Jellyfish 101

Edisto Beach Vacation Homes

There are two things every swimmer on Edisto Beach should know: Yes, there are jellyfish, but most of them are totally harmless.

Many times, jellyfish wash up on the beach and look like gooey eyeballs with a stem. These are the jellyfish that are the most common in the area and are known as the Cannonball Jelly. They don’t have tentacles and swimmers would have to go out of their way to be stung by these jellyfish (which are the least venomous of the South Carolina jellies).

Then there’s another kind of jellyfish that looks like the Cannonball Jelly, which is the Mushroom Jelly. These are similar in appearance to the Cannonball, but they have tentacles. They are not hazardous to humans, but they do like to annoy commercial fishermen by damaging nets and slowing down trawl lines.

Both the Cannonball and Mushroom jellies are whitish with a brown ring around the bottom.

Two jellyfish that South Carolinian residents and vacationers needn’t worry too much about are the Southern Moon Jelly and the Lion’s Mane. The Southern Moon Jelly has a transparent saucer-shaped bell which provides an excellent view of its pink horseshoe-shaped gonads. These are rare in South Carolinian waters and its sting is minimal.

The Lion’s Mane comes around during the winter months when most people are not in the water. They are saucer-shaped and have eight clusters of tentacles dangling underneath. A sting from this jellyfish is mild.

Now onto the jellyfish people do not want to encounter.

The Sea Nettle is responsible for many stings during the summer months. This jellyfish is saucer-shaped and has a brown or red hue. Its tentacles trail behind it in the water.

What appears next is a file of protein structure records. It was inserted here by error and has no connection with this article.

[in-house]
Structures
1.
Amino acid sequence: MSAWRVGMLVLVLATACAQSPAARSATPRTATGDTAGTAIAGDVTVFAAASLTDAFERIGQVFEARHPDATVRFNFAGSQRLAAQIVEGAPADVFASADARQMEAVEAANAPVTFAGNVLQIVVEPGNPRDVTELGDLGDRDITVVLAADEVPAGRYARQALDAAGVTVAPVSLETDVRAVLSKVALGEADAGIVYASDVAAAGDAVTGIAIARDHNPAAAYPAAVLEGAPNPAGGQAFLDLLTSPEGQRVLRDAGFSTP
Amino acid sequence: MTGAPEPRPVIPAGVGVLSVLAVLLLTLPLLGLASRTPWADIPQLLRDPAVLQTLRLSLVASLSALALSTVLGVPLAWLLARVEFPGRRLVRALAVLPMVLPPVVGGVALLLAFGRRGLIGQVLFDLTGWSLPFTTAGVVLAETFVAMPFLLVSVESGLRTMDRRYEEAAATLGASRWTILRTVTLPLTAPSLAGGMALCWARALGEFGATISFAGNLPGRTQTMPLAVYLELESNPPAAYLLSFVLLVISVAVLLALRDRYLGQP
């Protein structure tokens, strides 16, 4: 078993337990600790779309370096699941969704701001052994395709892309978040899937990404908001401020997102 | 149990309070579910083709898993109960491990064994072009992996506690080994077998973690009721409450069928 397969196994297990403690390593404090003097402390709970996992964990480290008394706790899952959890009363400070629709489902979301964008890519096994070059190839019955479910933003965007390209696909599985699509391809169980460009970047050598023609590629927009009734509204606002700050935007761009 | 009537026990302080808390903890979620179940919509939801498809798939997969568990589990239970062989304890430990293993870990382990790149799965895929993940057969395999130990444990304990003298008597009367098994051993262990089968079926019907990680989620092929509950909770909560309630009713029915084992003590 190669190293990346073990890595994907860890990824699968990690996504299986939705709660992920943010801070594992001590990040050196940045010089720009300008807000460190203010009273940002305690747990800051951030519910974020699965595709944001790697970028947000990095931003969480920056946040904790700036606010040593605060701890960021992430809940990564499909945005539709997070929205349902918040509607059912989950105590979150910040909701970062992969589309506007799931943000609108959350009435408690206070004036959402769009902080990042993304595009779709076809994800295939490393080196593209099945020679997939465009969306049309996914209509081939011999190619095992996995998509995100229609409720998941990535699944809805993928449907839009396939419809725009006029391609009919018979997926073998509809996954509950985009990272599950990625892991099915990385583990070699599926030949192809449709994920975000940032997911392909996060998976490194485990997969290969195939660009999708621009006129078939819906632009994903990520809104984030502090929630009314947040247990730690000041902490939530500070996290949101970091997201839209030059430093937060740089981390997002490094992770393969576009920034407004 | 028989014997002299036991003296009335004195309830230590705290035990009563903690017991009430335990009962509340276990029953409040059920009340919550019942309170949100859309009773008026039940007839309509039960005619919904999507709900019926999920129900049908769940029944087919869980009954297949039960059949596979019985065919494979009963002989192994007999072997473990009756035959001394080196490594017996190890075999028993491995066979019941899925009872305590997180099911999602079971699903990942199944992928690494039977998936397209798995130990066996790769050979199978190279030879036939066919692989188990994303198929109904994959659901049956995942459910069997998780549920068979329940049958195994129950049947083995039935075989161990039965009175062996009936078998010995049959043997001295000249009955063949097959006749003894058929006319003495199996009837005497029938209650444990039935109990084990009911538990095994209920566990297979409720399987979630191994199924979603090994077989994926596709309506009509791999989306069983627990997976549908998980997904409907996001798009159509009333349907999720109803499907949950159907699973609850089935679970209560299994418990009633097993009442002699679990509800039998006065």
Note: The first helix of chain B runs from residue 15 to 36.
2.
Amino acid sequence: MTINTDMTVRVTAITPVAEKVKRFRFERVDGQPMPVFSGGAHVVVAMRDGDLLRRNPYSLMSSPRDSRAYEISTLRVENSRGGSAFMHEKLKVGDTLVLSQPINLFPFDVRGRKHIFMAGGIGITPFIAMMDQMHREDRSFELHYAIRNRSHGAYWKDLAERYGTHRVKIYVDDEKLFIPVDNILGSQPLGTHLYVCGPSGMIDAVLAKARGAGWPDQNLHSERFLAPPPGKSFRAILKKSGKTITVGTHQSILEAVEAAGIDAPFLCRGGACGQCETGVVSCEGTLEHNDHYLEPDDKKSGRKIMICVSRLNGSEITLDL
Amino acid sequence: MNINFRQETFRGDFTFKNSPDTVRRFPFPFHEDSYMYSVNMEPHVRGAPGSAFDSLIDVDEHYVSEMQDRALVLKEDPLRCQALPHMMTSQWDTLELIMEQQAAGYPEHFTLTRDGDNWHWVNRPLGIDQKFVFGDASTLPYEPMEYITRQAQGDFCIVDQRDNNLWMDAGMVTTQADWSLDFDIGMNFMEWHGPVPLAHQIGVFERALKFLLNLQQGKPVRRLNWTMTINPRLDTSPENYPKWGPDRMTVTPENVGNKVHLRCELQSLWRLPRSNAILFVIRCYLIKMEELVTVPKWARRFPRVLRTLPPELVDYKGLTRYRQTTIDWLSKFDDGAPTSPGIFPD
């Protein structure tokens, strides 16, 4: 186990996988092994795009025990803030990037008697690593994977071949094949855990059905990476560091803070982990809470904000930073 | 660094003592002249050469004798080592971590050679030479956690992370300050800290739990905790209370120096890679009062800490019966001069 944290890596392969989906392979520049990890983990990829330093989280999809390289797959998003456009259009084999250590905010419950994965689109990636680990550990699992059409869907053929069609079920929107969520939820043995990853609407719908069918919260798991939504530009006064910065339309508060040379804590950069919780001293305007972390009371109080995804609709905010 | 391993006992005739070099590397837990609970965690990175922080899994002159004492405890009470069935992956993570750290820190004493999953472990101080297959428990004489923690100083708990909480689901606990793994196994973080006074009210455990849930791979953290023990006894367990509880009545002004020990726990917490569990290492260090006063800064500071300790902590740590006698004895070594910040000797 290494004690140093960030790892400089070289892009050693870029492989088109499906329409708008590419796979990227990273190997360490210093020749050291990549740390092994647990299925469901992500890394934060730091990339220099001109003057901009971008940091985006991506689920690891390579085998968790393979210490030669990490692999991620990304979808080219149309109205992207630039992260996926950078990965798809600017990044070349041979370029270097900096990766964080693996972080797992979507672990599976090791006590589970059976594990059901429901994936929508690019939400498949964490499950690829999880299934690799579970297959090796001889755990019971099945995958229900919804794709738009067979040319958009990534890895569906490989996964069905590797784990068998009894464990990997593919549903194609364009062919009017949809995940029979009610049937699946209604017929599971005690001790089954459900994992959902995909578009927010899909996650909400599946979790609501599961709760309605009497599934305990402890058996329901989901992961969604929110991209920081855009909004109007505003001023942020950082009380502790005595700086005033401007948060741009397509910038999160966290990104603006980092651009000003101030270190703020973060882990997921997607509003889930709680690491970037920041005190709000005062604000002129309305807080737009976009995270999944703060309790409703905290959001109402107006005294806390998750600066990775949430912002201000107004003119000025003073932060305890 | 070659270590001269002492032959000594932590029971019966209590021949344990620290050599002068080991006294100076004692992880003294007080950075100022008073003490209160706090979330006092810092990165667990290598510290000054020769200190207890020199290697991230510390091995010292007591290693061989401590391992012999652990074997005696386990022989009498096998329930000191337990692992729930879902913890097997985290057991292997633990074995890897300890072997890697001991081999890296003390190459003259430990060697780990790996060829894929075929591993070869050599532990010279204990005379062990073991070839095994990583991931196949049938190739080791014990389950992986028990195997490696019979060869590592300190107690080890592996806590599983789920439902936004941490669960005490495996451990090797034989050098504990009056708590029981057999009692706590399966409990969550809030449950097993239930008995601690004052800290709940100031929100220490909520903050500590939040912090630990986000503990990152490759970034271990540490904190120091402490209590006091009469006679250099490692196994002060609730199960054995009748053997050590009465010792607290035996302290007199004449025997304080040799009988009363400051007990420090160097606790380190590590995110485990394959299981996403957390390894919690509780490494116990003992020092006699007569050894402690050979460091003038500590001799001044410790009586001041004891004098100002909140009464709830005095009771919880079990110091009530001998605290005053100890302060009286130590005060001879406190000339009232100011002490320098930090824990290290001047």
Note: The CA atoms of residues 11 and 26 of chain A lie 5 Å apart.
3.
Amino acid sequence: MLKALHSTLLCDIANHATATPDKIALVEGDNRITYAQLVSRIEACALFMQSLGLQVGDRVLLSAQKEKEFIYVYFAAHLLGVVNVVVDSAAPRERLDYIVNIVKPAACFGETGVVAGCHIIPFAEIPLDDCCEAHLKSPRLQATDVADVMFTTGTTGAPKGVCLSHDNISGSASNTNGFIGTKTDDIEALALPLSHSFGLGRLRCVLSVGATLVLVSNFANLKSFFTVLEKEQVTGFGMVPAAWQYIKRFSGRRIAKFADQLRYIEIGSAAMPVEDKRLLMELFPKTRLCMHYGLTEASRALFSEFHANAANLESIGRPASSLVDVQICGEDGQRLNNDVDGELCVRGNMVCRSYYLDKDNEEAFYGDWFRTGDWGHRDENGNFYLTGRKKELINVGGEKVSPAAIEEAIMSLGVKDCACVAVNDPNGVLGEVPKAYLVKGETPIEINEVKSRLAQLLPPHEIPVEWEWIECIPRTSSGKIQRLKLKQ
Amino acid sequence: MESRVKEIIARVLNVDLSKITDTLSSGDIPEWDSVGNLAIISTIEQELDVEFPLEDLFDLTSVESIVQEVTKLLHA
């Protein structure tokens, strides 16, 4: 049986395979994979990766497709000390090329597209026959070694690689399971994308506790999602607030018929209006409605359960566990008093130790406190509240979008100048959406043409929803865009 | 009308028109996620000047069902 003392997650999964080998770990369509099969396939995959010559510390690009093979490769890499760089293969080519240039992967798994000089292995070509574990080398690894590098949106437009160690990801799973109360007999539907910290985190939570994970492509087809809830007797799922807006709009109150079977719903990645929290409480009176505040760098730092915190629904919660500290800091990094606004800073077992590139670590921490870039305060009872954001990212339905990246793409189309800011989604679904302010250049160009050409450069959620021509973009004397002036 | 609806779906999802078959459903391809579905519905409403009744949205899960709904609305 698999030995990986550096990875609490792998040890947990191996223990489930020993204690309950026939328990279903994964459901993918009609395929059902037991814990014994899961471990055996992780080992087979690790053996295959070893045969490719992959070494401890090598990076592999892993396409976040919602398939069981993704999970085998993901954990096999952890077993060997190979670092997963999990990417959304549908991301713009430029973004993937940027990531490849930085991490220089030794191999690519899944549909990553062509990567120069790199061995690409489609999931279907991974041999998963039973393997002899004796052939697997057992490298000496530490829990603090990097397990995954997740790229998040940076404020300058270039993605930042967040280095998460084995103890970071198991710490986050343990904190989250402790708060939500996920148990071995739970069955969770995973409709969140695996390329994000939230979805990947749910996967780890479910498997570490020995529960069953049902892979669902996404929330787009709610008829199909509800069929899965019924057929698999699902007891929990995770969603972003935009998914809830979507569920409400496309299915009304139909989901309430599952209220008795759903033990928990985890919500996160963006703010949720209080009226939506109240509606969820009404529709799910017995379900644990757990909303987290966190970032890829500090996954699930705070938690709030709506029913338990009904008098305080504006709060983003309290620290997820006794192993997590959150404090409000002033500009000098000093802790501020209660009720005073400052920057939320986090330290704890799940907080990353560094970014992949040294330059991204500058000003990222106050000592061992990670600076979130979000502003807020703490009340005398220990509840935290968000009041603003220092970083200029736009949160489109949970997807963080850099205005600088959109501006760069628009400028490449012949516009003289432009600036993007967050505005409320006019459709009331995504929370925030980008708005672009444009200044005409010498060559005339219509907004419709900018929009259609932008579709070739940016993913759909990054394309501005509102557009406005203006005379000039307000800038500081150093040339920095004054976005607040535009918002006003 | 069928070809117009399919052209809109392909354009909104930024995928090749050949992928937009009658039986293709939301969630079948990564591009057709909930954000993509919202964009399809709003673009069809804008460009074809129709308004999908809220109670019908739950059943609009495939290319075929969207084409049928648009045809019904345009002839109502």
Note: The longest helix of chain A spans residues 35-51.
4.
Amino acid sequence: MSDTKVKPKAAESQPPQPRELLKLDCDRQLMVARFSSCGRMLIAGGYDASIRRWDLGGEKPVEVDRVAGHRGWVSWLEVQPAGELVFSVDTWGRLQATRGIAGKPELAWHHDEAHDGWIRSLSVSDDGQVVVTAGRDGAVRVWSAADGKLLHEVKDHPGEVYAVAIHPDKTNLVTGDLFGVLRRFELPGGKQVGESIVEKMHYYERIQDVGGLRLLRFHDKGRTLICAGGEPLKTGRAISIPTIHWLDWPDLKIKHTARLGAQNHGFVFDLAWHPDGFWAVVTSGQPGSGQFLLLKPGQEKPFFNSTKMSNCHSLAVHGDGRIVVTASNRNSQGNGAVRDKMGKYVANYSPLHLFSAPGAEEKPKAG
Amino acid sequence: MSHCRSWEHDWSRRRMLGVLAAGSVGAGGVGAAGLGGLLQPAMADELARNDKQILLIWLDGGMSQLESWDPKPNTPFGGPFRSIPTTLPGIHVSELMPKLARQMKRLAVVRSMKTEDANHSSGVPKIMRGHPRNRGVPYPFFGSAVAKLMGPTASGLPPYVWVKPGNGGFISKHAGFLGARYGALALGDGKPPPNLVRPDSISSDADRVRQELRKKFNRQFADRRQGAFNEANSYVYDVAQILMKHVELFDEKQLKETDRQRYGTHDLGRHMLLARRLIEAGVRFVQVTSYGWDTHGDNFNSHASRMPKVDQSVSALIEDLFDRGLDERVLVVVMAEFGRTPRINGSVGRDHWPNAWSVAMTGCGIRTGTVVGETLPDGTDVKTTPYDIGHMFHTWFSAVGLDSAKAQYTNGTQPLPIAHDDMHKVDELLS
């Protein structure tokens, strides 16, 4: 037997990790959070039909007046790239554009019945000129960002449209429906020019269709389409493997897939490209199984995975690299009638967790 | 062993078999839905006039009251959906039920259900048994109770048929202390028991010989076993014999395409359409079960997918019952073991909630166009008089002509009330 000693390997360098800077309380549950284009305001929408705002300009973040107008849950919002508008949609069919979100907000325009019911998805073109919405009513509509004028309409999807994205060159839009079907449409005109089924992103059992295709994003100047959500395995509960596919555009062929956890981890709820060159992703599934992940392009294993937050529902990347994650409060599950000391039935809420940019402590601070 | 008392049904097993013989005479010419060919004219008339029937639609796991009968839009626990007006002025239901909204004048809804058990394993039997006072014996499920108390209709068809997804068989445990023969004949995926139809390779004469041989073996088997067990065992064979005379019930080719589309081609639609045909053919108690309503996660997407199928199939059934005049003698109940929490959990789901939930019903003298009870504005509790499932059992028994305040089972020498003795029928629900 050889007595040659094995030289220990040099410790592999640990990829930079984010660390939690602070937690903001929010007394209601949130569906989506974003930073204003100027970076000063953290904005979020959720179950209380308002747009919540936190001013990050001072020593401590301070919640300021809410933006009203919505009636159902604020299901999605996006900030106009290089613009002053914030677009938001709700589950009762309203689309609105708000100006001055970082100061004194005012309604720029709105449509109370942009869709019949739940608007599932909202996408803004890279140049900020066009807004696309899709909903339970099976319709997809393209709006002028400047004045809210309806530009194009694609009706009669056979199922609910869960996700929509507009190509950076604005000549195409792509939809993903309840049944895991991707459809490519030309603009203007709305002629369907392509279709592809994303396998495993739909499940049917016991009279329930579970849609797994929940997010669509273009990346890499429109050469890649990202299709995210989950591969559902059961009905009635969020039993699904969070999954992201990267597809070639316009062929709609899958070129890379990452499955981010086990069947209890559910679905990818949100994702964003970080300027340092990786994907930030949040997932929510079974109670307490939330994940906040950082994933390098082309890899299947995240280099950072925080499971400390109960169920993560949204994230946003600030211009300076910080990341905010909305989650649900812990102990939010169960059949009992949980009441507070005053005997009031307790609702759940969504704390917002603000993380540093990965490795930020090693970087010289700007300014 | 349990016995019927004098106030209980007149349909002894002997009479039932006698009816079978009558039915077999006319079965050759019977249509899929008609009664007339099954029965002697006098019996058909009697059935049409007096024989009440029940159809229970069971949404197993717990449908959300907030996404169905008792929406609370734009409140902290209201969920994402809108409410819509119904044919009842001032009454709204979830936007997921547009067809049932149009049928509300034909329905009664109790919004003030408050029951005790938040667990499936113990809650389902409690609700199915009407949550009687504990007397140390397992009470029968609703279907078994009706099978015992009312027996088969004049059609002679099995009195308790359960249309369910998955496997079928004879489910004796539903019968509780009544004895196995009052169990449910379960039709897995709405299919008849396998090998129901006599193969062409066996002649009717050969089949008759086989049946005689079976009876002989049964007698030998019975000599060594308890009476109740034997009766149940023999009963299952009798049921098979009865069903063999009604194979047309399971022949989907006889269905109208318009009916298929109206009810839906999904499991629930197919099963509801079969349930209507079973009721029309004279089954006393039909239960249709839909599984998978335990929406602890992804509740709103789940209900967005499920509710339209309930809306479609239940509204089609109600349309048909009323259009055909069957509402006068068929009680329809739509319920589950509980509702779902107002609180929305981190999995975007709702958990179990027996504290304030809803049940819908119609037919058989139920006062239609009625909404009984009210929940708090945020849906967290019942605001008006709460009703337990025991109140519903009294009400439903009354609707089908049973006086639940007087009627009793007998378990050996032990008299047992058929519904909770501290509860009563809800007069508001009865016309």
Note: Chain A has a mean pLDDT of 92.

The sting from a Sea Nettle varies from person to person, but as someone who has been stung a handful of times during my lifetime in the water, it feels like brushing against a head of hair in the water and quickly turns into feeling like that head of hair had needles in it.

The pain is more irritating than anything, but it is important to get the nematocysts (stingers) off of the skin. These nematocysts discharge into the skin and cause the stinging sensation when they release the venom of the jellyfish.

Sea Wasps are the cube-shaped jellyfish that are the most venomous jellies in the South Carolinian waters. They pack a serious punch with their sting which could cause hospitalization. They have several long tentacles dangling from their cubed body. Fortunately, these are not prevalent in the area.

Though not indigenous to the area, the Portuguese Man-of-War sometimes drifts into the water. These feature a gas-filled clear bubble which acts as a float for its purple-blue body and tentacles which can reach up to 60 feet long. The sting from this jellyfish can cause severe pain, nausea, fever, shock, collapse, fainting, and muscle pain. Again, these jellyfish are extremely rare in the area, but it is important for any ocean swimmer to be aware of them.

If you are stung by a jellyfish, remove any tentacles that are adhered to the skin (generally, the tentacles do not stay on the skin, but merely brush across an arm or a leg). Use anything available to get the tentacles off to avoid being stung again.

Contrary to popular belief, alcohol, urine, and picric acid should not be used on a jellyfish sting as they actually cause more nematocysts to release venom into the skin. Simple products almost everybody has at home are great for reducing the effects of the sting like mean tenderizer, baking soda, vinegar, and sugar (any one of these substances will do).

Scraping a jellyfish sting with something like a credit card may also help remove the nematocysts and alleviate the stinging sensation.

After treatment of the sting, the area will generally produce raised red bumps and could be sore or itch. In severe cases, medical treatment may be needed, but generally this isn’t the case.

Things to Remember:

  • Jellyfish are most prevalent in warm water. Swimmers in August and September generally suffer the most jellyfish stings, but the warmer the water the more likely jellyfish will occur. The summer of 2010 had an early jellyfish due to the extreme temperatures that summer which raised the water temperature
  • Dead jellyfish can still sting you, so it is best to avoid them when they wash up on the beach
  • Carry baking soda or vinegar with you when planning on staying at the beach all day. This will aid in the case of a jellyfish sting without disrupting the day
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